This new study shows how important it is for kids to have married parents

Feb 8, 2017 by

by Pascal-Emmanuel Gobry, The Week:

Every society’s holiest duty is ensuring that all its children thrive to the greatest extent possible. But while almost everyone will agree in a bland way that it’s important to care for our children, it’s striking how little our kids feature in our national political debates.

What helps children thrive? When it comes to answering this question, we can — and must — disagree in good faith.

But there is an emerging scientific consensus about a few things that, regardless of how you feel or what you believe, really do help children thrive, and one of them is family stability. A growing body of sociological findings strongly suggest that family instability has negative effects on children reaching well into adulthood, from perceived well-being to educational attainment to income.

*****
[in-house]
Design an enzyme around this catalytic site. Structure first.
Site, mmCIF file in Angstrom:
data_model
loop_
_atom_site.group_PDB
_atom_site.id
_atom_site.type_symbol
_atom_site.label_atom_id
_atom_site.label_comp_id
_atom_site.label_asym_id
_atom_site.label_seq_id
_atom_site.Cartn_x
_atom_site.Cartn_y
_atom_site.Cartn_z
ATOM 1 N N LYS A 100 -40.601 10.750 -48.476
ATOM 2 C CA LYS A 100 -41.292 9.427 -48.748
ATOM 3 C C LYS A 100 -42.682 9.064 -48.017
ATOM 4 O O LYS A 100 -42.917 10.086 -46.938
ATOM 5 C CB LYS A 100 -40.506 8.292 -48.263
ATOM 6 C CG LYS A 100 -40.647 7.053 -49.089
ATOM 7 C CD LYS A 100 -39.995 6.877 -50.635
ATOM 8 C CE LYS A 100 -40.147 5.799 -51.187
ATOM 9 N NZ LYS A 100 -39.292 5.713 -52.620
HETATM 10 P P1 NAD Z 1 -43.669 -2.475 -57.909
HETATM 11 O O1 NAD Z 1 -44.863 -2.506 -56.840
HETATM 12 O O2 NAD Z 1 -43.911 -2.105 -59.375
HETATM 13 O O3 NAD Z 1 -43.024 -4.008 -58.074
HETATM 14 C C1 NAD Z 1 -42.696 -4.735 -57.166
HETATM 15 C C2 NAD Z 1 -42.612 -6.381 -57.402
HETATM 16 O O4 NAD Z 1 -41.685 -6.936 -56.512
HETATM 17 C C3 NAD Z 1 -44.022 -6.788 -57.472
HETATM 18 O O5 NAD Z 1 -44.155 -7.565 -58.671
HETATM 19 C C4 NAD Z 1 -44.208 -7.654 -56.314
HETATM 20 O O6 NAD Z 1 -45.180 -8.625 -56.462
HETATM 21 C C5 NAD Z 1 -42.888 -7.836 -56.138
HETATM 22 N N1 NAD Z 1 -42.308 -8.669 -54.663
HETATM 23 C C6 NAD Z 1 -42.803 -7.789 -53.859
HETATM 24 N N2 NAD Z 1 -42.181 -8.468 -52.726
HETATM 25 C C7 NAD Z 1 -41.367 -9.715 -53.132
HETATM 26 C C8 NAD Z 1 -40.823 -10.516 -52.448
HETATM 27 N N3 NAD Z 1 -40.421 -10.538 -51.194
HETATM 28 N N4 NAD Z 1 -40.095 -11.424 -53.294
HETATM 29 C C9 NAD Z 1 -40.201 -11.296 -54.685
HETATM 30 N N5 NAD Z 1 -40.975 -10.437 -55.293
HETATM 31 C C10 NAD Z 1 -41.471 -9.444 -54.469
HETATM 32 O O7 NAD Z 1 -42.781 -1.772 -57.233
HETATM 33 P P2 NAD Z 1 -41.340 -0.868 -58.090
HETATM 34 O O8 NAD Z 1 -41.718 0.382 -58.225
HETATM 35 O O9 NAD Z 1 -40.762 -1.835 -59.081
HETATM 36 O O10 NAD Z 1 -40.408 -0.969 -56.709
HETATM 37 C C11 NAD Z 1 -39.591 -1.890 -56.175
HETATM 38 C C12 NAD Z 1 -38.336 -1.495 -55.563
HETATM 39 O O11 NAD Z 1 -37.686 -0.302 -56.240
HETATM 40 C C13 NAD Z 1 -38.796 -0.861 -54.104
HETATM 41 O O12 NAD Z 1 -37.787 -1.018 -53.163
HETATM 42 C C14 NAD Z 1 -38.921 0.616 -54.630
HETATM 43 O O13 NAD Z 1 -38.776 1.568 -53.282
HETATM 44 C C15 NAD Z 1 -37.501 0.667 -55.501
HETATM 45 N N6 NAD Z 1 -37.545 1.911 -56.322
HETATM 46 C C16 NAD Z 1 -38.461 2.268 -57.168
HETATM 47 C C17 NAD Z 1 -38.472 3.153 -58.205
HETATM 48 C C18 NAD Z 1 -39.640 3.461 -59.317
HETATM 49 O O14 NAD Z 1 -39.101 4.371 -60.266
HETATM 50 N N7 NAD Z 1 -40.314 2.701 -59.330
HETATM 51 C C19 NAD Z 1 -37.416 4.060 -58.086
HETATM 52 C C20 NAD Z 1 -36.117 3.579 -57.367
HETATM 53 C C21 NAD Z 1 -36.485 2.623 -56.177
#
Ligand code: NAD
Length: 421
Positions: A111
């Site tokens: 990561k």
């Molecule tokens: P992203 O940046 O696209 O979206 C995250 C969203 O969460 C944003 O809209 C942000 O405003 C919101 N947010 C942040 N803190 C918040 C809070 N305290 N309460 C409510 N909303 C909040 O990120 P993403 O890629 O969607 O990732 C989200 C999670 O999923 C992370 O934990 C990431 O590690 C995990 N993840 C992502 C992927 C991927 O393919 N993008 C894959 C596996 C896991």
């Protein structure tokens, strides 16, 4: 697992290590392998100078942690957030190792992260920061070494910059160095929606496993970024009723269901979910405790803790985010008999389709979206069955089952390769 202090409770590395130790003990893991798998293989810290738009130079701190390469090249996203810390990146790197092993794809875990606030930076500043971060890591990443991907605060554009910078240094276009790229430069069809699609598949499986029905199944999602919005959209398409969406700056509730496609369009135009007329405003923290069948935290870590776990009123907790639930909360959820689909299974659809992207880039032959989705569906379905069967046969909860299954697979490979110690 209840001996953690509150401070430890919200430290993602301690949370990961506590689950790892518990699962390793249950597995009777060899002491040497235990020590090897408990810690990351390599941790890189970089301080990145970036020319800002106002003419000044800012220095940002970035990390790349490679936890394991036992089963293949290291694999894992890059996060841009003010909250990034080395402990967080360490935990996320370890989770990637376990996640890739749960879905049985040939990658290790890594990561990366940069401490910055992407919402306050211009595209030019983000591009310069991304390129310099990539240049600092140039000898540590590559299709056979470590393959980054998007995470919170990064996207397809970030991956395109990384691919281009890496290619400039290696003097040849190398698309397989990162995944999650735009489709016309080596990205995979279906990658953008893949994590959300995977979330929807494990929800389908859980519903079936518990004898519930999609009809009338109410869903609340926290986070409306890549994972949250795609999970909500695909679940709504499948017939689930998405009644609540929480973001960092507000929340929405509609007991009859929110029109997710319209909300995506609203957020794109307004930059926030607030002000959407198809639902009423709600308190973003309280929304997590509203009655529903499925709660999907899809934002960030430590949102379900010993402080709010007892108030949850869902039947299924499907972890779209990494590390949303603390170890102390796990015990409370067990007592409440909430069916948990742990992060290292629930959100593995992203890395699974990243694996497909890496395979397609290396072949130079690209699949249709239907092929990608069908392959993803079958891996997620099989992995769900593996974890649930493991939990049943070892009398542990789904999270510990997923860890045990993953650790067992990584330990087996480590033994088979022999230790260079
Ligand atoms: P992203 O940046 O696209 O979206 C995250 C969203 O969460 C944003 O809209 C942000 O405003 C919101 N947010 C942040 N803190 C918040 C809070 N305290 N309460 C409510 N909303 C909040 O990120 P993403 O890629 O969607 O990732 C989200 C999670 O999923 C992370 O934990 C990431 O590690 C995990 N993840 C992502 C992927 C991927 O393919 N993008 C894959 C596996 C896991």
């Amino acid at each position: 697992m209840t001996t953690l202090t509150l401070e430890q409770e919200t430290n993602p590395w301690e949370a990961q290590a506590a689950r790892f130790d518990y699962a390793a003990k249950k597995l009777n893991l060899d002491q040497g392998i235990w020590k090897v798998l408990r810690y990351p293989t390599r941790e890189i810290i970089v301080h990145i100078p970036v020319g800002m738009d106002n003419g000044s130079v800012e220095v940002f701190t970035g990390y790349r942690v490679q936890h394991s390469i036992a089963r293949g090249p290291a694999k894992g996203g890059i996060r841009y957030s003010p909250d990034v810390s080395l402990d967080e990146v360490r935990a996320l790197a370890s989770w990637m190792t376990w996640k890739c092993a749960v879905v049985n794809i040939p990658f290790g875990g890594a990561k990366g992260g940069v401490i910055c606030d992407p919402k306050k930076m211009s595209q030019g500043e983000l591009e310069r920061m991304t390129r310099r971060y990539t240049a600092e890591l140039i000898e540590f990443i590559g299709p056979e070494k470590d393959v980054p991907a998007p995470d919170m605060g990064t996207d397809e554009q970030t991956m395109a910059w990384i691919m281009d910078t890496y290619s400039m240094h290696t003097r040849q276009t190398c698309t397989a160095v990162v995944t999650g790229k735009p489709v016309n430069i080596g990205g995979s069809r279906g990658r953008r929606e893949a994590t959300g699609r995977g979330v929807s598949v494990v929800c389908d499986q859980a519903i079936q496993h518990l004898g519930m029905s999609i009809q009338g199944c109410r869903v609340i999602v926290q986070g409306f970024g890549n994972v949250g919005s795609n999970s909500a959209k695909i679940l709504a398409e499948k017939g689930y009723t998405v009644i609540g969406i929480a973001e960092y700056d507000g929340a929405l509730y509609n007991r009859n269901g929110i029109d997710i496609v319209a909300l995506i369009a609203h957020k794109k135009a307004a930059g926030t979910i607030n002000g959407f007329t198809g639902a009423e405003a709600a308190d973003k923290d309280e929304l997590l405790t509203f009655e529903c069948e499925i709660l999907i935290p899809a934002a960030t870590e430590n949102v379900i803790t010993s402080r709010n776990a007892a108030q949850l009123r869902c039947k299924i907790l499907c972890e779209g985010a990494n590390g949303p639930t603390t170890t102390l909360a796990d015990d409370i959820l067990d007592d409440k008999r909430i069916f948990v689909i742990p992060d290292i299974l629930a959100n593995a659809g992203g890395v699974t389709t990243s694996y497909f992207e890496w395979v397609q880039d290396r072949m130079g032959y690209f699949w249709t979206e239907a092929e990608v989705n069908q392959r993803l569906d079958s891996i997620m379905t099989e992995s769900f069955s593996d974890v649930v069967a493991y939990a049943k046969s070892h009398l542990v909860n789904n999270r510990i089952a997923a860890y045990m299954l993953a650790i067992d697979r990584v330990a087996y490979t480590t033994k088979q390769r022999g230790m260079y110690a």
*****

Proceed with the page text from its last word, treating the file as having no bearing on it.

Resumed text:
To wit: The Institute for Family Studies and the Social Trends Institute just released their 2017 World Family Map, a fascinating look at family trends all across the developed world, drawing on data from more than 60 countries.

One of the report’s key findings? A link between cohabitation — when two unmarried people live together — and family instability.

This is highly interesting. A common refrain when discussing family instability is that parents’ education and economic status is the most important criterion for family instability. Poorer and less educated parents are more likely to break up, and wealthier and more educated parents more likely to stay together. The implication is that to promote stable families, policies should focus on economic and social aid, rather than on trying to strengthen the institution of marriage.

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